5156 Cyber ap literature and Composition



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5156 Cyber AP Literature and Composition –

Mrs. Lehman

Welcome to your Edgenuity English class. My name is Mrs. Lehman, and I am responsible for grading your work and assisting you through this course. Below you will find important information relating to your course. It is very important that you email me at any time this year if you have a problem, question, or concern. Your communication with me is very important! I wish you much success for this class and throughout your senior year.

Mrs. Lehman – Cyber teacher of record for cyber English courses including:


  • English 9 and 10 and Honors English 9 and 10

  • English 11 and Honors English 11/American Literature

  • Speech Parts I and II

  • Creative Writing Parts I and II

  • Gothic Literature

  • Modern Humanities/GP and Honors British Literature/GP

  • AP Language and Composition (11) and AP Literature and Composition/GP (12)

  • All Credit Recovery English

My workstation is on the 2nd floor in the cyber room across from the library.

Please contact me through Edgenuity email or regular email at lehmanal@svsd.net. Phone: 724-452-6041 ext. 1024.



Your Edgenuity course consists of several key components that factor into your grade.

  • Starting the Course

You are responsible for beginning work in this course on August 1st. You must have 20% of the 1st nine weeks of the course completed by the first day of school. If you are not “on track” by the start of school and when the progress reports are due, you will be given your actual grade and the comment of “incomplete assignments.” You will also be exited from the course and rescheduled into another available English course.

Course Materials

You should pick up your required text in the SHS Guidance office upon the request of the teacher. (This is typically at the end of the previous school year).



Required Text:

Arp, Thomas R. and Greg Johnson. Perrine’s Literature: Structure, Sound and Sense. Boston, 9th Ed., MA: Heinle &



Heinle, 2002.

  • Journal and Homework:

Journal entries will be read and graded. Please answer all parts of the question. If a green checkmark is given for completion and no comment is listed in the teacher comment section, your score will be recorded as a 100%. If you do not earn a 100% on your journal entry, a comment will be given to explain your grade.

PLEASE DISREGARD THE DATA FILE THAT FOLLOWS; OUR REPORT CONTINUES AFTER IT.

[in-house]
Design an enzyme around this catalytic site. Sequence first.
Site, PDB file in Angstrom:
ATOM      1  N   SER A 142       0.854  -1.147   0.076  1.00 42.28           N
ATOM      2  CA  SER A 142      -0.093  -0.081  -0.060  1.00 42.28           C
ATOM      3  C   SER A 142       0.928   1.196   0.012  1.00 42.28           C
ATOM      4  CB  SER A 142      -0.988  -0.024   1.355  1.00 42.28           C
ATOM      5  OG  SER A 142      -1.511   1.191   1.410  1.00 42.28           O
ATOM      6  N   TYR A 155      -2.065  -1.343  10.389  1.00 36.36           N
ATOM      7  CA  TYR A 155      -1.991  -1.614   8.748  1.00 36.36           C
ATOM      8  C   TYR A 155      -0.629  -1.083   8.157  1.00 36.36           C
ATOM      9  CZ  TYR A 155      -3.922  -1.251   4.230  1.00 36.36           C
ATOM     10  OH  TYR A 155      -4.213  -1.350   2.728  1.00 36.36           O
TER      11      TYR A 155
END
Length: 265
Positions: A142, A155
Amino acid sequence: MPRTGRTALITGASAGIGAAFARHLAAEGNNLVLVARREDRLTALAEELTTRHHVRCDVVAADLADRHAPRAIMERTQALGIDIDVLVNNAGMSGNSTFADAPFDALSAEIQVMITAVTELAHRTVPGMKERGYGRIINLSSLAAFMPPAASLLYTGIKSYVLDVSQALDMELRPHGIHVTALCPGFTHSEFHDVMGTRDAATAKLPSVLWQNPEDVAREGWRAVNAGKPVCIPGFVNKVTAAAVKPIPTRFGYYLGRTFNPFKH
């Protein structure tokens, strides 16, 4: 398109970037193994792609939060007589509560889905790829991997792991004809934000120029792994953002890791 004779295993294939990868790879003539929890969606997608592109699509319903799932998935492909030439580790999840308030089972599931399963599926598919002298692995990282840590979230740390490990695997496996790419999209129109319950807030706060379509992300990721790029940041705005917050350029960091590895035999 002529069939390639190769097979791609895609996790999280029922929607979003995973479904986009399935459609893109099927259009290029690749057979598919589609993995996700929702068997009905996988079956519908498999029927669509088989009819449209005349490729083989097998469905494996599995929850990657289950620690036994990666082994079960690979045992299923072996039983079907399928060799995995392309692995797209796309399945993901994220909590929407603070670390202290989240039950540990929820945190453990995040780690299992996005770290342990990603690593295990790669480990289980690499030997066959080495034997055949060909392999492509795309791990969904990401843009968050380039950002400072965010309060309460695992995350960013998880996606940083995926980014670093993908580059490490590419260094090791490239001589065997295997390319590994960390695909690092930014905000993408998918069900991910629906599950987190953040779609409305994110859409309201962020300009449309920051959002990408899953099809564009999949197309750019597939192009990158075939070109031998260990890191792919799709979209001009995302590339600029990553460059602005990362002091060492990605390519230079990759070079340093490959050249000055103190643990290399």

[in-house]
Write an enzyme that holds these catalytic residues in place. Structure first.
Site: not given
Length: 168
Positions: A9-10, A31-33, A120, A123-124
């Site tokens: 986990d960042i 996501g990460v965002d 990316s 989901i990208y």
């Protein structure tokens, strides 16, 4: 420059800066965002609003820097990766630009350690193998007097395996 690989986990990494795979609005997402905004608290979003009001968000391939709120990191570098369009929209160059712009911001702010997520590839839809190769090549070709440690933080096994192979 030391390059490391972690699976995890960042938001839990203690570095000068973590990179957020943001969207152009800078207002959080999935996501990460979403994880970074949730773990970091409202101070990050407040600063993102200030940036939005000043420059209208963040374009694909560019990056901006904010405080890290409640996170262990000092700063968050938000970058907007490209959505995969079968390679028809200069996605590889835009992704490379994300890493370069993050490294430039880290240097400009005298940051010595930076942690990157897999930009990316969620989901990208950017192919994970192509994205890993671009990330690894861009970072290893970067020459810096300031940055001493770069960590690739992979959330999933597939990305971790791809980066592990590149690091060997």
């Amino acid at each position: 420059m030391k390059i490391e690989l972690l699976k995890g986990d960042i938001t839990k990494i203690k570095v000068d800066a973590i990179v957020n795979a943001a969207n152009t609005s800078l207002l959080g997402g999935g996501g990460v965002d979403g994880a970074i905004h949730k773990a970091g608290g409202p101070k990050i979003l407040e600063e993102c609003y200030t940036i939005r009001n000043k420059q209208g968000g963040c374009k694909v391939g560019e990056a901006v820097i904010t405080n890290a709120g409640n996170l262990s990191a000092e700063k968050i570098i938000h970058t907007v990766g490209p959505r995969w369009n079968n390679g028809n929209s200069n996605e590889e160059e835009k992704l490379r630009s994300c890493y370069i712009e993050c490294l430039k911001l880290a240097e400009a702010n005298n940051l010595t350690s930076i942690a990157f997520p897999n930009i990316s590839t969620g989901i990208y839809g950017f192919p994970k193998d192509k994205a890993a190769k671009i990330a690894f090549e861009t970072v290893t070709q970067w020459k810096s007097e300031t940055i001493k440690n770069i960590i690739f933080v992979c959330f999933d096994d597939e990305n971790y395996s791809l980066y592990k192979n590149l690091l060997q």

Practice/Homework and Quizzes and tests will be scored by the Edgenuity program. Please let me know if you find a problem with the scoring or if you need something reset. Your failure to answer all of the short answer homework questions will result in an automatic “0” grade for that assignment. Answers such as “I don’t know” or “I don’t feel like answering this” are not acceptable for credit.

  • Grading Weights: These are assigned according to College Board guidelines - Assignments = 20, Essays = 40, Tests = 30, Additional = 10. These are subject to change depending on the nine week assignments.

  • Quizzes:

Quizzes will be scored by the Edgenuity program. Please let me know if you find a problem with the scoring or if you need something reset.

  • Tests:

Tests will be scored by the Edgenuity program. Please let me know if you find a problem with the scoring or if you need something reset.

  • Collaboration Corner is a place where students and teachers can participate in group discussions directly through the Web Administrator and the Virtual Classroom. In the AP level classes, there are additional reading prompts that will be posted in the Collaboration Corner. You are expected to check there when you reach the Collaboration Corner assignments within the course.